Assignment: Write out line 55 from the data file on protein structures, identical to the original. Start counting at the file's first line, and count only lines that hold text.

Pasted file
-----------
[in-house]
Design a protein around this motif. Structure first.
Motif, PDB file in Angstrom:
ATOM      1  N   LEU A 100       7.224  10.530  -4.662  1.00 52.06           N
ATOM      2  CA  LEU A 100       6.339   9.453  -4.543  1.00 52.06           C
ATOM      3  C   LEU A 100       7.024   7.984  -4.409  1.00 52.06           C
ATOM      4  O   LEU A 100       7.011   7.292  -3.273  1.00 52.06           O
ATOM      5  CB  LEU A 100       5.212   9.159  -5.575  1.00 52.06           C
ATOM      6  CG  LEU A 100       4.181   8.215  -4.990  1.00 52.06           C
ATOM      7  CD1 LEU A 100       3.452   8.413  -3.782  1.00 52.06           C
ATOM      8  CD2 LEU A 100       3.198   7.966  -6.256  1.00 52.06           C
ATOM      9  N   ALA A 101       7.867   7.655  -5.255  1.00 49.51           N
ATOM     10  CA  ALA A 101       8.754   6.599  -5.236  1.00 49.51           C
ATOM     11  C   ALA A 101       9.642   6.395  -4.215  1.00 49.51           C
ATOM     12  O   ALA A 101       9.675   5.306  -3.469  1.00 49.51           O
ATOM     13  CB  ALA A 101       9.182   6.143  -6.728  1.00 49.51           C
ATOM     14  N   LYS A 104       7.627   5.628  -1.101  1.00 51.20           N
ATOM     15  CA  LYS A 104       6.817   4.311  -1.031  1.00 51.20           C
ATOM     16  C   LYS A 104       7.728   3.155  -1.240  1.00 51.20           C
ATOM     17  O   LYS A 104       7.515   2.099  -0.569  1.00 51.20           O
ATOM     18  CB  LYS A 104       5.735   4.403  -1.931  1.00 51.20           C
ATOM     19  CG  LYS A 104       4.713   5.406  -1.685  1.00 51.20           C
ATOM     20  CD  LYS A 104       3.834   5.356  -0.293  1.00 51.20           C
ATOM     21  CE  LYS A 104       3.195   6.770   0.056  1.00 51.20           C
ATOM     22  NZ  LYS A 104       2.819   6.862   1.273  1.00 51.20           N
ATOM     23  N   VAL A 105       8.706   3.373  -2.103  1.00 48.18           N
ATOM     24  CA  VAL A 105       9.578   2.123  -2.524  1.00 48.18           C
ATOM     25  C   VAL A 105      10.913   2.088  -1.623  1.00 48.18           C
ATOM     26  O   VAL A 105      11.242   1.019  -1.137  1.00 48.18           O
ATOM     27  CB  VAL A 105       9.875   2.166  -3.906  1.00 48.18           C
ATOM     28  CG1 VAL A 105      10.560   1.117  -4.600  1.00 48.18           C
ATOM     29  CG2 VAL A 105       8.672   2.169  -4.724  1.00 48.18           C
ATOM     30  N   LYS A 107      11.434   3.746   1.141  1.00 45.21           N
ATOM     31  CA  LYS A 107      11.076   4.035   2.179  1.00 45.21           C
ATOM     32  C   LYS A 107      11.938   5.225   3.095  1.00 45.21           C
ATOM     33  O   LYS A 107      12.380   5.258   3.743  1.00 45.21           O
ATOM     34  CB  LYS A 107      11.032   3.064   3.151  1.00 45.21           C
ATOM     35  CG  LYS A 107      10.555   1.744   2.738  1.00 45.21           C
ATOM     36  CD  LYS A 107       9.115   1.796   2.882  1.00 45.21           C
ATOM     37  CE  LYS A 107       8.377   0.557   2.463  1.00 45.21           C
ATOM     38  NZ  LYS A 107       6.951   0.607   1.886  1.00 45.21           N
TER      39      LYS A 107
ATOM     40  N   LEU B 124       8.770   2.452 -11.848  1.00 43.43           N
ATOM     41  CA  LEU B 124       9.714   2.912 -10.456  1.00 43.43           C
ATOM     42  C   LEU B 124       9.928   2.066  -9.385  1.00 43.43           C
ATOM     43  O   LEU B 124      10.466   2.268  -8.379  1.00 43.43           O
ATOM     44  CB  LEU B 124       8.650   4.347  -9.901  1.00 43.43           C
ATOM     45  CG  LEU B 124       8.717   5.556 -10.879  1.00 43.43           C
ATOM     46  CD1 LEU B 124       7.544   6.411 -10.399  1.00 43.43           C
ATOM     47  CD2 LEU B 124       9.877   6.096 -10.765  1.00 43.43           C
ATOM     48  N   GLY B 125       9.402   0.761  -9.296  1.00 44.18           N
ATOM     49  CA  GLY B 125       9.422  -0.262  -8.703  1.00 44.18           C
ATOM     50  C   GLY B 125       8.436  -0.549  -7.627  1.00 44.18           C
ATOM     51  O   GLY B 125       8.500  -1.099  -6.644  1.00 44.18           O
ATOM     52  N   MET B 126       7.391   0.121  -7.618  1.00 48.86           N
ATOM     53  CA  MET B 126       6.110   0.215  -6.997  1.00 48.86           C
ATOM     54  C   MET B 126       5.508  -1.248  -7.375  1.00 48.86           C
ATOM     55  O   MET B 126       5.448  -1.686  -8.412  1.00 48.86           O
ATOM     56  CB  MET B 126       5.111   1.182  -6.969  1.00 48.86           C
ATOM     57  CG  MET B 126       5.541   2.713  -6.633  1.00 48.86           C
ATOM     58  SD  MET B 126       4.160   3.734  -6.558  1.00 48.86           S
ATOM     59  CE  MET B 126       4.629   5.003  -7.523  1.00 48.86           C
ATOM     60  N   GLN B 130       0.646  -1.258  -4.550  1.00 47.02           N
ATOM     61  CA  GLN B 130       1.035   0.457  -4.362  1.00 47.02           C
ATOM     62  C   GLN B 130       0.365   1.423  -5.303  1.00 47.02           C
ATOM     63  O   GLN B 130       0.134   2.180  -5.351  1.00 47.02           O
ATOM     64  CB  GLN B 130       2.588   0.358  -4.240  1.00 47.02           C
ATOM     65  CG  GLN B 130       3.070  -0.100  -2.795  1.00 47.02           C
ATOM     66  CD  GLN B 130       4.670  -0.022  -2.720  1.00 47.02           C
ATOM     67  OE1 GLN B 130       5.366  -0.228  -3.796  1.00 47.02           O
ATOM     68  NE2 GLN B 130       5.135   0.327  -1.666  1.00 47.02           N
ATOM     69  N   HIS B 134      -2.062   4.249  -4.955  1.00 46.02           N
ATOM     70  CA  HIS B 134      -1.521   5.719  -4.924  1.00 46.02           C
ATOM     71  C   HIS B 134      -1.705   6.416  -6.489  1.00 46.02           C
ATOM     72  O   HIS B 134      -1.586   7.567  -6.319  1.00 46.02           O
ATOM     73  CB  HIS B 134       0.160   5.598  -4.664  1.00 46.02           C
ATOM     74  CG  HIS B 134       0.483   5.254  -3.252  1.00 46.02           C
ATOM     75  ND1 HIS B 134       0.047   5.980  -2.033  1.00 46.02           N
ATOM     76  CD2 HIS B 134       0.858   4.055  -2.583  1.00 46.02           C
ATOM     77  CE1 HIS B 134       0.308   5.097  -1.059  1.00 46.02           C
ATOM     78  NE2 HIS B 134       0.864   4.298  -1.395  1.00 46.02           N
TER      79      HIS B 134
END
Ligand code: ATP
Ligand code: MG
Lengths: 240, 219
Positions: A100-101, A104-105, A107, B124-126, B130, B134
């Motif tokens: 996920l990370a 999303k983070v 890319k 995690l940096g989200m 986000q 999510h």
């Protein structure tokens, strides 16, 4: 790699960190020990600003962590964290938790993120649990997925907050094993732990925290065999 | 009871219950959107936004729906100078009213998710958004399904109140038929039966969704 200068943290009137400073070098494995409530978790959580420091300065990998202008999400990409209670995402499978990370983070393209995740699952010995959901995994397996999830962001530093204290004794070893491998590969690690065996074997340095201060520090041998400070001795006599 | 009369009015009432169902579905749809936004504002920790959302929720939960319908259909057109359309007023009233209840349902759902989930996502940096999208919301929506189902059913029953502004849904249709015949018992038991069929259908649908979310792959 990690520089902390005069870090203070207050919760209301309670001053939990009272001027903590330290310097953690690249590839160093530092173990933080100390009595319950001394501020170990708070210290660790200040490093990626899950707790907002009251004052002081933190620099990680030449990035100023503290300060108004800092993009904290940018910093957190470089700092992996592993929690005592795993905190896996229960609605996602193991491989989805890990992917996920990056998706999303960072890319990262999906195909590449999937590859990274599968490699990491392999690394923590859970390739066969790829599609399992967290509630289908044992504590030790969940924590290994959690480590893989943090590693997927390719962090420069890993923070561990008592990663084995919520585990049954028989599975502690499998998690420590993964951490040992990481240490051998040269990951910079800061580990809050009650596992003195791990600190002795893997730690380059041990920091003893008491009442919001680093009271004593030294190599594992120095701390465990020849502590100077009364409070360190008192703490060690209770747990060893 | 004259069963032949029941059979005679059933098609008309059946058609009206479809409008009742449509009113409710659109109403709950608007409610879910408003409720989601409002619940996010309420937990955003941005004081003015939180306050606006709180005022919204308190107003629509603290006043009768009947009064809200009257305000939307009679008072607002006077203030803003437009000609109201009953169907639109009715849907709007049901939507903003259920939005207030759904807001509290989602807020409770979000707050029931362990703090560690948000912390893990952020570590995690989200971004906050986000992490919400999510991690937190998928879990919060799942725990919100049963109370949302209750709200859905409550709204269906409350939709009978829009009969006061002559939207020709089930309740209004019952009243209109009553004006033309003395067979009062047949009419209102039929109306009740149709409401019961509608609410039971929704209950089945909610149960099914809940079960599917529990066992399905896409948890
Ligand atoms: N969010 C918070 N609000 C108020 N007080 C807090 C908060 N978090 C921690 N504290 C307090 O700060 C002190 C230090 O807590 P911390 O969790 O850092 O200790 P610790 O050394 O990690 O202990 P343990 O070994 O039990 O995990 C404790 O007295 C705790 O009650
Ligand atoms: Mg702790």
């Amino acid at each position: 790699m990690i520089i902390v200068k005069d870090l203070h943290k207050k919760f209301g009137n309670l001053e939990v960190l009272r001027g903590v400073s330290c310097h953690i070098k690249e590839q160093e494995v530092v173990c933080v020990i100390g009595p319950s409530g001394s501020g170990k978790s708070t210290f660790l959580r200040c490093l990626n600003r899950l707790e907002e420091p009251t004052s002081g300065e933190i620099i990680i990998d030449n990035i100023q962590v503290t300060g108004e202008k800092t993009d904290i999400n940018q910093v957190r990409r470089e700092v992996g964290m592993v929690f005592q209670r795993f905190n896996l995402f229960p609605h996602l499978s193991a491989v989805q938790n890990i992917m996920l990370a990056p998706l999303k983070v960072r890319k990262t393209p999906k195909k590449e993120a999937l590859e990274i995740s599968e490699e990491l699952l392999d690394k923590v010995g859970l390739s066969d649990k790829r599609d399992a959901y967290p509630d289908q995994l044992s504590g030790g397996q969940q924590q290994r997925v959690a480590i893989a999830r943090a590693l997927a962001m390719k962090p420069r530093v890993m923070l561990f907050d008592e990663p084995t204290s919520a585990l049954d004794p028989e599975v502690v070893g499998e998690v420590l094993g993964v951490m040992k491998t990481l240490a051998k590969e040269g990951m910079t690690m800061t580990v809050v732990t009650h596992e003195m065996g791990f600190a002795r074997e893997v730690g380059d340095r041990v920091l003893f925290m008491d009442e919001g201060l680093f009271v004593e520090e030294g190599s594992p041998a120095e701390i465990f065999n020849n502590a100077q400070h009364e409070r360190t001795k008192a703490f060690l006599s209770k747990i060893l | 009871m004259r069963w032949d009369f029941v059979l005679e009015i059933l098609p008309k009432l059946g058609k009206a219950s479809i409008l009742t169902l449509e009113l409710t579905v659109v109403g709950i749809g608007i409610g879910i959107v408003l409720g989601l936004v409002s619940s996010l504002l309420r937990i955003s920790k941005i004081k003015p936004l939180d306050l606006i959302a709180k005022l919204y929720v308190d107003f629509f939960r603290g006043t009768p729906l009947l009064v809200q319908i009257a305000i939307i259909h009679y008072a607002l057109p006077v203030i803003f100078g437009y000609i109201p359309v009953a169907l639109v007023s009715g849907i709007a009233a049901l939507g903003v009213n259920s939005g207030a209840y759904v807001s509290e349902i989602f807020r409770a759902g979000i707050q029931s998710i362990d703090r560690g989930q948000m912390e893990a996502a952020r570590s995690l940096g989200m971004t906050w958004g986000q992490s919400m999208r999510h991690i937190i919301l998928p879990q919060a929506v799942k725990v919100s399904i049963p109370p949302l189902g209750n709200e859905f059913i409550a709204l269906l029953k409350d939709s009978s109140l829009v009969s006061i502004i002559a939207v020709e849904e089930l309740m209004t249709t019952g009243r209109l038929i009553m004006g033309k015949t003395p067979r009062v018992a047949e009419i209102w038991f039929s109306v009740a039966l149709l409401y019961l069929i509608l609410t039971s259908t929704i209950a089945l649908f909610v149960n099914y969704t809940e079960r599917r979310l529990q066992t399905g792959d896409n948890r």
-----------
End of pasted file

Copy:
ATOM     52  N   MET B 126       7.391   0.121  -7.618  1.00 48.86           N